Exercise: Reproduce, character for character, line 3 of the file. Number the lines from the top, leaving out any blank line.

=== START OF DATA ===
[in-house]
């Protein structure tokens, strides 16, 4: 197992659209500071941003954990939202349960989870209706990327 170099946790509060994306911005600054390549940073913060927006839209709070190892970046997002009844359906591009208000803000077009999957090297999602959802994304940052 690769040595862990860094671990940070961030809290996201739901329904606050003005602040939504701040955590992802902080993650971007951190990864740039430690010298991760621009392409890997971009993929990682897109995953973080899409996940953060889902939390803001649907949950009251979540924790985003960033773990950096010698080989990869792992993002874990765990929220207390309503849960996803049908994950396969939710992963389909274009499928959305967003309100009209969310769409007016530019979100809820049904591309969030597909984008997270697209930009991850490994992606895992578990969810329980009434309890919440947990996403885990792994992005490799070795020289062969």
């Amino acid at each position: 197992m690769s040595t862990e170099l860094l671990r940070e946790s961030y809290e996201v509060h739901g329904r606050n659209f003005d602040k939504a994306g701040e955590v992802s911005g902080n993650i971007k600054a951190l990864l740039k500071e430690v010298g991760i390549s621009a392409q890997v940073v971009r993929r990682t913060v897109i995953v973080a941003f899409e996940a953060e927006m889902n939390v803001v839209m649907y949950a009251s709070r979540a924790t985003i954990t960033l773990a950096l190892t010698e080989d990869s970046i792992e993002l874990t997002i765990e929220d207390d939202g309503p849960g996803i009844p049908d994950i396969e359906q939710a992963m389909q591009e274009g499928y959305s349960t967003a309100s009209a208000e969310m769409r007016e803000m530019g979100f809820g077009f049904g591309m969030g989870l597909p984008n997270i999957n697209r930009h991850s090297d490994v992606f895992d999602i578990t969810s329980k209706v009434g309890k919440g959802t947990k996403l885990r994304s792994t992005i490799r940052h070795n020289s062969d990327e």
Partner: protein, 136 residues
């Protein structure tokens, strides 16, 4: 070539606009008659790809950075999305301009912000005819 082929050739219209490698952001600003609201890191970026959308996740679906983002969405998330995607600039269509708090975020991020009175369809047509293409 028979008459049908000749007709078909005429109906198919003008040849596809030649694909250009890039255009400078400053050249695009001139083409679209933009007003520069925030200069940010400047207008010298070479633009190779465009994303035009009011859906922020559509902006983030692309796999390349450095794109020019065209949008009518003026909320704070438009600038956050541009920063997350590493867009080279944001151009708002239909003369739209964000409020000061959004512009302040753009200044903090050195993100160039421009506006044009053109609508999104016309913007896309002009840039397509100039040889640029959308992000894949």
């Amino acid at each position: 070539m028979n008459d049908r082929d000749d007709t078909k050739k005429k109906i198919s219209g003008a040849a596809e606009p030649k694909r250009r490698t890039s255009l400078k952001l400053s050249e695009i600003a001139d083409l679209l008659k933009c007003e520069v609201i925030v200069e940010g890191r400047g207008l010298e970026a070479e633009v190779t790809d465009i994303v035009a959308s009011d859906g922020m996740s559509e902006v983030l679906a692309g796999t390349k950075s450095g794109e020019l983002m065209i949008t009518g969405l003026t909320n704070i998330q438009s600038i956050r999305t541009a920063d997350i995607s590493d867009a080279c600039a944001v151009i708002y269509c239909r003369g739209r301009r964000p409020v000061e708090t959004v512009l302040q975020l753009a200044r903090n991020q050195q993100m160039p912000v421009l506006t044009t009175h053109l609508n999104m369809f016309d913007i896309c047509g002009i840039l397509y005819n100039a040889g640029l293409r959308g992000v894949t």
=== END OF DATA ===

């Amino acid at each position: 197992m690769s040595t862990e170099l860094l671990r940070e946790s961030y809290e996201v509060h739901g329904r606050n659209f003005d602040k939504a994306g701040e955590v992802s911005g902080n993650i971007k600054a951190l990864l740039k500071e430690v010298g991760i390549s621009a392409q890997v940073v971009r993929r990682t913060v897109i995953v973080a941003f899409e996940a953060e927006m889902n939390v803001v839209m649907y949950a009251s709070r979540a924790t985003i954990t960033l773990a950096l190892t010698e080989d990869s970046i792992e993002l874990t997002i765990e929220d207390d939202g309503p849960g996803i009844p049908d994950i396969e359906q939710a992963m389909q591009e274009g499928y959305s349960t967003a309100s009209a208000e969310m769409r007016e803000m530019g979100f809820g077009f049904g591309m969030g989870l597909p984008n997270i999957n697209r930009h991850s090297d490994v992606f895992d999602i578990t969810s329980k209706v009434g309890k919440g959802t947990k996403l885990r994304s792994t992005i490799r940052h070795n020289s062969d990327e």